A Laugh a Day Keeps the Doctor Away: Exploring the Health Benefits of Laughter

The Science of Laughter

If you’ve ever wondered why we laugh, there have been different theories proposed to explain this phenomenon and these theories also highlight a physiological benefit of laughing.  One theory, termed The Relief Theory, describes that people engage in laughter because they sense a stressful situation, and laughter can involve a cognitive release of anxiety, as well as a physical release of tension, which lowers overall stress levels (Wilkins and Eisenbraun, 2009).  The Incongruity Theory has also been proposed which focuses on the idea that individuals laugh at things that are surprising to them (Wilkins and Eisenbraun, 2009).  This involves the idea that individuals understand patterns of reality, and also understand when these patterns are challenged.  This undertaking requires cognitive capabilities to put these pieces together.  While this may not seem to have specific benefits, challenging your cognition by understanding incongruities is a beneficial task in itself, as well as expending energy on laughter can both be positive to your health (Wilkins and Eisenbraun, 2009).  The third theory proposed is called The Superiority Theory, which proposes that “laughing at faulty behaviour can reinforce unity among group members”, which focuses on laughter as a way of bonding socially with others.  As we learned through our blog post on Belongingness (Positive Connections: The Importance of Belongingness in a busy World) social connections are very important to our overall well-being.  Other research on laughter has shown that individuals with a sense of humour had increased levels of resilience, decreased levels of psychological distress and overall a more stable positive affect (Cann and Collette, 2014).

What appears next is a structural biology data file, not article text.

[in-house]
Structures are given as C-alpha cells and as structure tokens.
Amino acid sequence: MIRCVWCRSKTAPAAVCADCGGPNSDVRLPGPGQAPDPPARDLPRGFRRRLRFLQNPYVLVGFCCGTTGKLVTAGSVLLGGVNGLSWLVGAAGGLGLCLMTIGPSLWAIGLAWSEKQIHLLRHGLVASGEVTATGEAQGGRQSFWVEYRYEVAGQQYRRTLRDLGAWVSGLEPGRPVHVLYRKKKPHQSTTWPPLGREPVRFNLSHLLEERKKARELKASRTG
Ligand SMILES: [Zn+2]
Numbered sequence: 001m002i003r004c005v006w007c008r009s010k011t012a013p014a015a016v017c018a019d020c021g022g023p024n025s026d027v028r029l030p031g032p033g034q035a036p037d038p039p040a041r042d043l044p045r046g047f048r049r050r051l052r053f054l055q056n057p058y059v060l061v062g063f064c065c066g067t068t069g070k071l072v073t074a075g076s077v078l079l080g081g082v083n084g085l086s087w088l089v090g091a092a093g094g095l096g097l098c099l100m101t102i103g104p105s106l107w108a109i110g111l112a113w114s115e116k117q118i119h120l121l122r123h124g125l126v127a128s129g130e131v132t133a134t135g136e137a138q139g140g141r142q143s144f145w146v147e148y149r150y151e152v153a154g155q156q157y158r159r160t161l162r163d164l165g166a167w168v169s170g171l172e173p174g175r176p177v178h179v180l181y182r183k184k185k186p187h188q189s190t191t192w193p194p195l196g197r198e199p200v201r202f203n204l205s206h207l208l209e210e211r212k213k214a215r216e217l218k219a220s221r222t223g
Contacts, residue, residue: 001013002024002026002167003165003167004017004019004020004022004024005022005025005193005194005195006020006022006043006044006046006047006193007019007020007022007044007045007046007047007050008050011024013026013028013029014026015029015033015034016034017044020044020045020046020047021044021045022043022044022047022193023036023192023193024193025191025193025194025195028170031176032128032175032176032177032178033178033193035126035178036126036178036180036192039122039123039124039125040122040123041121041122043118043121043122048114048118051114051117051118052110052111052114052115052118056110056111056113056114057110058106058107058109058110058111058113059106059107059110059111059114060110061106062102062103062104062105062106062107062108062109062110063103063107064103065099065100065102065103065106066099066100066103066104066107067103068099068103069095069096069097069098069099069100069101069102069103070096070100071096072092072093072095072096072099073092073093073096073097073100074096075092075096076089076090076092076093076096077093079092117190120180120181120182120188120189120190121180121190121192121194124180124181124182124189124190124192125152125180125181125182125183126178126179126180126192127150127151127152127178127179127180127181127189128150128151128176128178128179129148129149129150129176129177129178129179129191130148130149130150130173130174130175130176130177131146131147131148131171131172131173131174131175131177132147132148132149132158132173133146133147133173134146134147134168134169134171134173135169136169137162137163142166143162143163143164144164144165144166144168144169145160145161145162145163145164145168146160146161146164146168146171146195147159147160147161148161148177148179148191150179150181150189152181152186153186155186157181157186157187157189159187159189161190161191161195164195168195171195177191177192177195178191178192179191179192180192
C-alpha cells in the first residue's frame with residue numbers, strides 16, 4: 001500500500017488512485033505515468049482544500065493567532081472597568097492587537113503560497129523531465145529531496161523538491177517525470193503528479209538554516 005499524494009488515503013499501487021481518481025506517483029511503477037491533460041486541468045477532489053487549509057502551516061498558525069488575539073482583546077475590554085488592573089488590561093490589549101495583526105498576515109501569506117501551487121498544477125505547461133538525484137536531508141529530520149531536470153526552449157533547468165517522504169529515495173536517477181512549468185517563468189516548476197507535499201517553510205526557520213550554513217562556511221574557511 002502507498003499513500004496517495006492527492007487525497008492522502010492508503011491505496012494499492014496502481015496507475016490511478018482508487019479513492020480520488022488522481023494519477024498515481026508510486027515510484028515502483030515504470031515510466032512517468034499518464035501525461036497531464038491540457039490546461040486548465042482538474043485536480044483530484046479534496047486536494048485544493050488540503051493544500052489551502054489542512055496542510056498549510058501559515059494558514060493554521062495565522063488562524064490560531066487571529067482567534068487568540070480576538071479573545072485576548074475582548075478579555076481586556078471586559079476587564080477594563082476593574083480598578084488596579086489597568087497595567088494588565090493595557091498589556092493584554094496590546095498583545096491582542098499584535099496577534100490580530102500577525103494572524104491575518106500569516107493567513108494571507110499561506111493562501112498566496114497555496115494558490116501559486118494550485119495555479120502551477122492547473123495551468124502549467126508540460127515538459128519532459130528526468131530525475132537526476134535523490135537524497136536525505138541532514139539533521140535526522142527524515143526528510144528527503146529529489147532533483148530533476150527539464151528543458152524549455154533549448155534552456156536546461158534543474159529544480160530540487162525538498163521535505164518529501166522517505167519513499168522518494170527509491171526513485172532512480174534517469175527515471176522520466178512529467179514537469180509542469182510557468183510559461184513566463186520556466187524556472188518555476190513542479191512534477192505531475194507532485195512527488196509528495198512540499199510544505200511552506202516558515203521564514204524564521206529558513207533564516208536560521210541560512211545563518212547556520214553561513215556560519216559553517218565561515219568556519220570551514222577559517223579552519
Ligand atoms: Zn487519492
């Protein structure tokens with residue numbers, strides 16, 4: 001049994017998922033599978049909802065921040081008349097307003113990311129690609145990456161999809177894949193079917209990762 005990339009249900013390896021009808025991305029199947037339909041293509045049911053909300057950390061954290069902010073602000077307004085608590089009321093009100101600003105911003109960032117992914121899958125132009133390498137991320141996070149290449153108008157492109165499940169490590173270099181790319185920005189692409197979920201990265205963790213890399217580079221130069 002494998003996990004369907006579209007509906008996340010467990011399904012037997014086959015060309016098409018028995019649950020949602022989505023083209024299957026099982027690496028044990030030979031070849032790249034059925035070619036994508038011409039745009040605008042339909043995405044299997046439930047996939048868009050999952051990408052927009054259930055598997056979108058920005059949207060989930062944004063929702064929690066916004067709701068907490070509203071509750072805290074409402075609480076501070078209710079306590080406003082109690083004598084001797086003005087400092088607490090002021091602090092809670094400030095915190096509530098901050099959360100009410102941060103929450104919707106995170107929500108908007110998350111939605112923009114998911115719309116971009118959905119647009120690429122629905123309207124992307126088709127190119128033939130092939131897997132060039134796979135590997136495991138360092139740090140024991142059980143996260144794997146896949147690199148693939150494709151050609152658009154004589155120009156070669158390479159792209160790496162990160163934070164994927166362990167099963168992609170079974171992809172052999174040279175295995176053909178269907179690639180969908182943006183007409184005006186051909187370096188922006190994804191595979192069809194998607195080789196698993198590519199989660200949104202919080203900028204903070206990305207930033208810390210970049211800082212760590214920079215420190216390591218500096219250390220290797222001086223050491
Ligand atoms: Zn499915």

If you’re not convinced of the positive benefits of laughing, think back to the last time you had a really good laugh.  You might even smile thinking of it!  Laughing is a feel-good action, and is effective at enhancing mood.  We’ve put together some tips for you below on how you can take advantage of the positive effects of laughter.

Find laughter in each day – It may be difficult to go a full day without laughing at all or being exposed to laughter – even if it’s just a small ounce of laughter.  Try paying attention to how often you laugh, or how often others laugh around you.  Take note of the effects of laughing and how this can enhance your mood and the moods of others around you.

Remember the stress-relieving properties of laughter  – When you feel like you’re having a difficult day, it may be hard to think of something like laughing.  Try to keep in mind that laughing can actually decrease stress levels by decreasing tension and allowing a physical release.  It may seem like a lot to take a few minutes out of your day to engage in laughter or humour, but why not give it a try?  It may surprise you how rejuvenating it can be – especially on a busy day!

Surround yourself with positivity – Having a hard time finding the humour and laughter in your life?   Why not try incorporating funny elements to your day – this could be through conversations with a colleague, reading the daily comics, watching your favourite comedy tv show, or remembering/reminiscing about humourous times that you have enjoyed.

We hope you’re smiling just reading this blog post, and that you’ve enjoyed a couple of laughs recently.  In the wise words of Charlie Chaplin, “a day without laughter is a day wasted”.

Live with ease,

Carolyn and Steph


Wilkins, J., Eisenbraun, A. J. (2009). Humor theories and the physiological benefits of laughter. Holistic Nursing Practice. 23 (6), 349-354.

Cann, A., Collette, C. (2014). Sense of humor, stable affect, and psychological well-being. Europe’s Journal of Psychology. 10 (3), 464-479.